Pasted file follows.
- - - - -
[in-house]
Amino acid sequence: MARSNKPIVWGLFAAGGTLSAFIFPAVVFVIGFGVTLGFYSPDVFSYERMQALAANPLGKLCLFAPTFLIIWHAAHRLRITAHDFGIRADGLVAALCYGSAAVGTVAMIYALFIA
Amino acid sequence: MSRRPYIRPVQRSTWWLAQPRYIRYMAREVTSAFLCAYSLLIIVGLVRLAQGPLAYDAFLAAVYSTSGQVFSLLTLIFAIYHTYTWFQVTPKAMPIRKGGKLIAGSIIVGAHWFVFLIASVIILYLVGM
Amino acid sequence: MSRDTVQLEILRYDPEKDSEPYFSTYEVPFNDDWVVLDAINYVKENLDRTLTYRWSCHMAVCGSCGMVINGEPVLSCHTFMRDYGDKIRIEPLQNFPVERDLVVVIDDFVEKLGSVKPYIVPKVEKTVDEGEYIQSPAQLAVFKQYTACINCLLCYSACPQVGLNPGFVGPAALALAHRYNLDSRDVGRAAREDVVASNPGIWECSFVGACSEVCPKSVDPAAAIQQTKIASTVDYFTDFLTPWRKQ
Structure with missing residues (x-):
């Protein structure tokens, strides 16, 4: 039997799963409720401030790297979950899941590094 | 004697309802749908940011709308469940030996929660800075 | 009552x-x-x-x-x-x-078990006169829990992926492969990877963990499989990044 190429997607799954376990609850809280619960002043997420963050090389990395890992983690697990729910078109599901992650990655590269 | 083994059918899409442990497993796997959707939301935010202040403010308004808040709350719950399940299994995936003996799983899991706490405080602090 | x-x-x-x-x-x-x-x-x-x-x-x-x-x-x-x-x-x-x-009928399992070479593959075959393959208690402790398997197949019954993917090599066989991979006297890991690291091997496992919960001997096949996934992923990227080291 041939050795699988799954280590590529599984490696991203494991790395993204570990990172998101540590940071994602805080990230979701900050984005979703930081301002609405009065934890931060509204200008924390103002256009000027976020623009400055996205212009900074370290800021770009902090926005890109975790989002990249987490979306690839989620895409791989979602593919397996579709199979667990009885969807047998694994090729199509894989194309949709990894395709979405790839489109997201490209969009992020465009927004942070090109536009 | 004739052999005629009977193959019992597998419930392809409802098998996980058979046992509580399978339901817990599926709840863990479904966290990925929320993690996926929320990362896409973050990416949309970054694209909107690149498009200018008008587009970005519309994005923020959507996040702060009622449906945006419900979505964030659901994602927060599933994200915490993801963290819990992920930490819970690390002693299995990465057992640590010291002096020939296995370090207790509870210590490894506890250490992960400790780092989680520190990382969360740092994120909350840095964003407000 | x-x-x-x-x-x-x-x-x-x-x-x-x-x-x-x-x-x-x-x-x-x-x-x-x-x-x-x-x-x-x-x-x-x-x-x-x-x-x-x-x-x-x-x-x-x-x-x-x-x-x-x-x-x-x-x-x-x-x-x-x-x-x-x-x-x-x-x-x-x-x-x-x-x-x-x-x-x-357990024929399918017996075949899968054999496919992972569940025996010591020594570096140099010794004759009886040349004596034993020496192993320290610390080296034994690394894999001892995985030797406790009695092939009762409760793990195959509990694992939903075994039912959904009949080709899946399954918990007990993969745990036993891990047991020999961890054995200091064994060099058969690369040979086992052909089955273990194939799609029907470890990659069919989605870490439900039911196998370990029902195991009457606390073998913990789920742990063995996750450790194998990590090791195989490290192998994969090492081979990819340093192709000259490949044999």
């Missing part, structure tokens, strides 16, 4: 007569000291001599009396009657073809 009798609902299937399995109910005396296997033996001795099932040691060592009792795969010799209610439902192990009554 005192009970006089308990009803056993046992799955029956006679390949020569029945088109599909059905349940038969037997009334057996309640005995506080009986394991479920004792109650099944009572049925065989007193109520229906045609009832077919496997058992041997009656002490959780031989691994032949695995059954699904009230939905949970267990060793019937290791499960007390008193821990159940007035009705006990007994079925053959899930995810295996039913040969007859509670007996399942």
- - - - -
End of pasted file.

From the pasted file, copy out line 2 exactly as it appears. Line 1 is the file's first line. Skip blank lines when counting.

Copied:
Amino acid sequence: MARSNKPIVWGLFAAGGTLSAFIFPAVVFVIGFGVTLGFYSPDVFSYERMQALAANPLGKLCLFAPTFLIIWHAAHRLRITAHDFGIRADGLVAALCYGSAAVGTVAMIYALFIA